Positively Unbreakable is the fictitious, but riveting story of a married woman who is expecting her first child. Fearing that she is experiencing complications from the pregnancy, she and her husband discover that she is HIV positive. Interwoven within the storyline is an intravenous drug user whose path has indirectly crossed with the expectant mother. The play also explores the issues of teenage promiscuity and peer pressure, homophobia, and the growing population of senior adults who are contracting HIV.
"I enjoy writing about issues that people are grappling with daily, whether it’s loss of a job, a strain in a relationship, or learning that you have been diagnosed with an illness. My objective is to provide hope in what may seem like a bleak situation,” states Brown.
In what she terms as combining the arts with advocacy and activism, Brown hopes that Positively Unbreakable will help educate Kentuckians about their risk for contracting HIV. She will be partnering with the The Lyric Theatre & Cultural Arts Center, Lexington-Fayette County Health Department, which instituted a clean needle exchange program. The Health Department will share information about their program with theater patrons. Brown is also partnering with AVOL (AIDS Volunteers), Inc. Both of these organizations will provide free, confidential HIV screenings during a health fair an hour before the play begins.
Positively Unbreakablestars Nieta Wigginton, Lexington native, whose prior stage credits include, Blues for an Alabama Sky, Cat on a Hot Tin Roof, Oak & Ivy, and U.S. vs. Fear. Joining Wigginton on stage is Whit Whitaker, UK alumnus. Whitaker has also performed in To Kill a Mockingbird, Crumbs from the Table of Joy,Don Quixote, and The King and I. Positively Unbreakable also features UK student, Clark Janell Davis, who reigned as the 2015-2016 Miss Kentucky. She recently performed in the UK Opera Theatre’s production of Ragtime.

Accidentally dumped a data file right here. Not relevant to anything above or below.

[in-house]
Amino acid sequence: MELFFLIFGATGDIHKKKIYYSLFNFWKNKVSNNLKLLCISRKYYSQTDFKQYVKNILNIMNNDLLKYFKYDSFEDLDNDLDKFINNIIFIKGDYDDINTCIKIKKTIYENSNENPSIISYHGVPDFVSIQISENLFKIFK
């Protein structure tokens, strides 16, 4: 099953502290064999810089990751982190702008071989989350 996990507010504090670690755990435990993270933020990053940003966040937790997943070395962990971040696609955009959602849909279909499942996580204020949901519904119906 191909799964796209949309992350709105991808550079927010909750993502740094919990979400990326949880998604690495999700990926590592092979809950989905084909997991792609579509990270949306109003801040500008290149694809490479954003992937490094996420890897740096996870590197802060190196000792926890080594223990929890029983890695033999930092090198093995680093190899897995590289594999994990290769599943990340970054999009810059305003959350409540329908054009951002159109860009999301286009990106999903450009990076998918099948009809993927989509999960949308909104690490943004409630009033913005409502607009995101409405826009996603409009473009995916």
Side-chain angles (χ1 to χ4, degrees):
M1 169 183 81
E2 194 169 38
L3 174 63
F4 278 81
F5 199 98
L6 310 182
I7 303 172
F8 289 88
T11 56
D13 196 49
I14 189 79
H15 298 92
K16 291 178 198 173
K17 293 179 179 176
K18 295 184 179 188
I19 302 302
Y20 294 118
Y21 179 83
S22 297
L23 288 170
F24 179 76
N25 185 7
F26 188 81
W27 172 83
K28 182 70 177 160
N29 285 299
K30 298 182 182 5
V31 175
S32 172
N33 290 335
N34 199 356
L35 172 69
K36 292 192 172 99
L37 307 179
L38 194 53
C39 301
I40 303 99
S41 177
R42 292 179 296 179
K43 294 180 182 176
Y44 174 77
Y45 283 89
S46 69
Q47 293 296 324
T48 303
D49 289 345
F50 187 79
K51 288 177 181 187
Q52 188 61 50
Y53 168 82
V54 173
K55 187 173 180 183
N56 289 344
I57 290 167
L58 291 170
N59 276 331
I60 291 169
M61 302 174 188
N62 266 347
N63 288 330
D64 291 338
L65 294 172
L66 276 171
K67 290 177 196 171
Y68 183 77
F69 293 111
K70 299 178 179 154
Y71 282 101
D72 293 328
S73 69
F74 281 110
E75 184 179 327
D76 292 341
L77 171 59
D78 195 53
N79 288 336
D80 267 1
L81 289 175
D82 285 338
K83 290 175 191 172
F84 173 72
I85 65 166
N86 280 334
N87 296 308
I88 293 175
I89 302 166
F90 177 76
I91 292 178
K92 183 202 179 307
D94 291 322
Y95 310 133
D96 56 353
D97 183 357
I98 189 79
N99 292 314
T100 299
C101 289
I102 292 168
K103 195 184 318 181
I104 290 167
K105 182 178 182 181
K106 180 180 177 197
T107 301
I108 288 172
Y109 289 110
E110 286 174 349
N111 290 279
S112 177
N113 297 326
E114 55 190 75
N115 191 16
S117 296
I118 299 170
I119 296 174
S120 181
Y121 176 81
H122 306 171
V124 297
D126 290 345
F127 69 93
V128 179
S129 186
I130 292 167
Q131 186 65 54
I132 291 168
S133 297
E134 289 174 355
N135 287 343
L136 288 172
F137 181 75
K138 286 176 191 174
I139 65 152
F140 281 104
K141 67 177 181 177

Artists from around the country who took their time served in federal prison facilities to develop their current careers as working artists will work with 8th-12thgraders in Lexington, Kentucky for an intensive visual art program during spring break. Since becoming returning citizens over the past few years, these artists work within communities and potential "at-risk” demographics to provide intensive visual art instruction and instill the concept that young people can make progressive, productive choices about their futures that do not have to end in incarceration.
Through a daily intensive program, students will learn and practice various visual art forms including painting, decoupage, and transfers, to culminate in a group show at the end of the week. Students will also go on one field trip to a local gallery as well as meet local artists so they may learn more about the visual arts opportunities in their own community.